As a result of the state’s incentives, a number of large and innovative renewable energy projects are being developed, including two ocean power pilot facilities, a utility-scale cellulosic ethanol plant, and biodiesel, solar and biomass facilities.
Despite Connecticut’s small size and relatively cool climate, it has managed to create a growing market for residential and commercial solar energy, sustained by supportive rebates and distributed generation programs. The bulk of renewable energy generation in Connecticut is derived from 7 waste-to-energy plants throughout the state.
A solar photovoltaic encapsulant company is seeking to expand its Connecticut manufacturing capacity to 3 GW in 2011 and develop a 20,000 square foot research and development laboratory.
Though Connecticut is not itself a geothermal hotspot with few easily available resources the state will benefit from growth in this sector because its industry is a major supplier of industrial components used by geothermal thermoelectric plants.
Energy Efficiency Jobs in Connecticut
In spite of a general weakness in new construction due to the global recession, one building-related field has continued to grow: retrofits tied to improving the efficiency of facilities. Investments in energy efficiency by government and the business sector is starting to skyrocket which mean there will be many more jobs in the energy efficiency sector over the next few years. In the American Council for an Energy-Efficient Economy 2010 State Energy Efficiency Scorecard, Connecticut tied for eighth place, down from third place in the last scorecard. Unfortunately energy efficiency has been a casualty of budget cuts in the state, but the trend of more jobs in this sector should continue over the next few years.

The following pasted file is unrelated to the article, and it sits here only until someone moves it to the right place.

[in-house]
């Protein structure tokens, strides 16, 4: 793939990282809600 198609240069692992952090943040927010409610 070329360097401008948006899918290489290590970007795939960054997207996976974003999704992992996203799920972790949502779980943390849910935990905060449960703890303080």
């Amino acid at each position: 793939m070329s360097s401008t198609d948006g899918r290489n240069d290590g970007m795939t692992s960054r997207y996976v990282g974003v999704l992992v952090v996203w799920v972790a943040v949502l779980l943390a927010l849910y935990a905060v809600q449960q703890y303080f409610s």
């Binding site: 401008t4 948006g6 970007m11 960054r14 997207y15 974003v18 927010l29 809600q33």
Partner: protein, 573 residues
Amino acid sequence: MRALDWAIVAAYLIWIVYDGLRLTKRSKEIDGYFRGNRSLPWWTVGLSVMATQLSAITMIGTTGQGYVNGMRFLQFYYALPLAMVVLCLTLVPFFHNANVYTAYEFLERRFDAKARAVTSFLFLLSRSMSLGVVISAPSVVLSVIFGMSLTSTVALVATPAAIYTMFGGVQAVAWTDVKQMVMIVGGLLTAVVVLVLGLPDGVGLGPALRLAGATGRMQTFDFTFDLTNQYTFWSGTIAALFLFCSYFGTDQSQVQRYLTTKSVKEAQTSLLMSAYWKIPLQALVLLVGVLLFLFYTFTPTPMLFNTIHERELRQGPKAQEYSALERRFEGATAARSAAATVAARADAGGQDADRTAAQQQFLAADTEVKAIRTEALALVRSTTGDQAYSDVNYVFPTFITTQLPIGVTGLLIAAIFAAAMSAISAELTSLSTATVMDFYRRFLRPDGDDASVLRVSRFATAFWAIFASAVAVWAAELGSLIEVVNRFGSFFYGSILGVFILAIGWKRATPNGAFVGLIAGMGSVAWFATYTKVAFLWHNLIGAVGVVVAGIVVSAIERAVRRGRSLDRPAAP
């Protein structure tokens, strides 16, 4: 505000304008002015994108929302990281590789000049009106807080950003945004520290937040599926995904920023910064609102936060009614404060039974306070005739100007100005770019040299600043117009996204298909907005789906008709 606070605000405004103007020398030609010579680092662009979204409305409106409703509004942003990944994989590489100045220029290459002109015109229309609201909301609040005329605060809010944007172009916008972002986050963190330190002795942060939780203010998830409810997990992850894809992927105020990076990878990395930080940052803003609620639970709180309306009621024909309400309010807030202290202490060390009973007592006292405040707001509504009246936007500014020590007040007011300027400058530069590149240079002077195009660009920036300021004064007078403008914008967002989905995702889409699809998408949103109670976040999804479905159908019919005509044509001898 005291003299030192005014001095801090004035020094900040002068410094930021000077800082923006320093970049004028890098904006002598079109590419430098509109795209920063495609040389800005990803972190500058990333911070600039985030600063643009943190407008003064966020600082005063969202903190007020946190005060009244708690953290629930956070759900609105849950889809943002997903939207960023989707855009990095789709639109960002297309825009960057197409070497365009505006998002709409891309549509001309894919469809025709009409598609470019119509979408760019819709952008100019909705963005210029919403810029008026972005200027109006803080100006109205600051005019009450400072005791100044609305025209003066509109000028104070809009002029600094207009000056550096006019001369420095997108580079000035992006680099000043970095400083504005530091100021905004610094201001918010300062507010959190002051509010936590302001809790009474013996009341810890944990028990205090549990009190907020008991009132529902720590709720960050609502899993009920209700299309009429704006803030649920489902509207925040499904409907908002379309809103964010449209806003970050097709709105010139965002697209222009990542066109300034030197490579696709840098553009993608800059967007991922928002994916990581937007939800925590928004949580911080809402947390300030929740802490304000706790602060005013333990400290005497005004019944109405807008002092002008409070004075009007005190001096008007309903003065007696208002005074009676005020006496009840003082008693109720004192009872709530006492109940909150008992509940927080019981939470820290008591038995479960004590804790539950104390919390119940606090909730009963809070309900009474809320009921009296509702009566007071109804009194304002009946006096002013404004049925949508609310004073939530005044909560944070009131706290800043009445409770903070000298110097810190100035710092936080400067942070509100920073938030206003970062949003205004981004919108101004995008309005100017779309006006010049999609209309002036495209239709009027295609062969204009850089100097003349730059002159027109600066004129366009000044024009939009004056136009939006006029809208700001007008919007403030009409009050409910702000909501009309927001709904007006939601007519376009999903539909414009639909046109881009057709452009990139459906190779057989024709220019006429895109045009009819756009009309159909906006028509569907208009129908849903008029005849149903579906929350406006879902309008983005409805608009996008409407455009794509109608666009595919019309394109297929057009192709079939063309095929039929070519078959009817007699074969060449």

Federal weatherization funds totaling $64.5 million that became available late last year are expected to add 640 jobs to the state economy, said Mary Ann Hanley, policy adviser in the state’s Office of Workforce Competitiveness. Grants for the energy sector, Pathways Out of Poverty, and Green Building Capacity programs should create about 750 jobs, she said.So far, Fritz said, the federal funds have translated into paying jobs for some 15,000 people through full- and part-time positions.
Connecticut Careers in Sustainability
Sustainability is evolving and becoming more mainstream. As this occurs, it is increasingly becoming a part of business strategy within large corporations. This is particularly true in resource intensive industries and companies with workforces of more than 10,000. Colleges and universities have also increased their hiring of sustainability staff in the last year; especially in schools with enrollment of 10,000 or more and in research institutions.
Generally speaking there is more work in the sustainability field for those living in areas that are home to more large company headquarters and more large universities. As a result those living in Connecticut should see a significant increase in the number of sustainability opportunities. In fact, Connecticut is home to 27 Fortune 1000 companies and 50 colleges and universities. It has two research universities.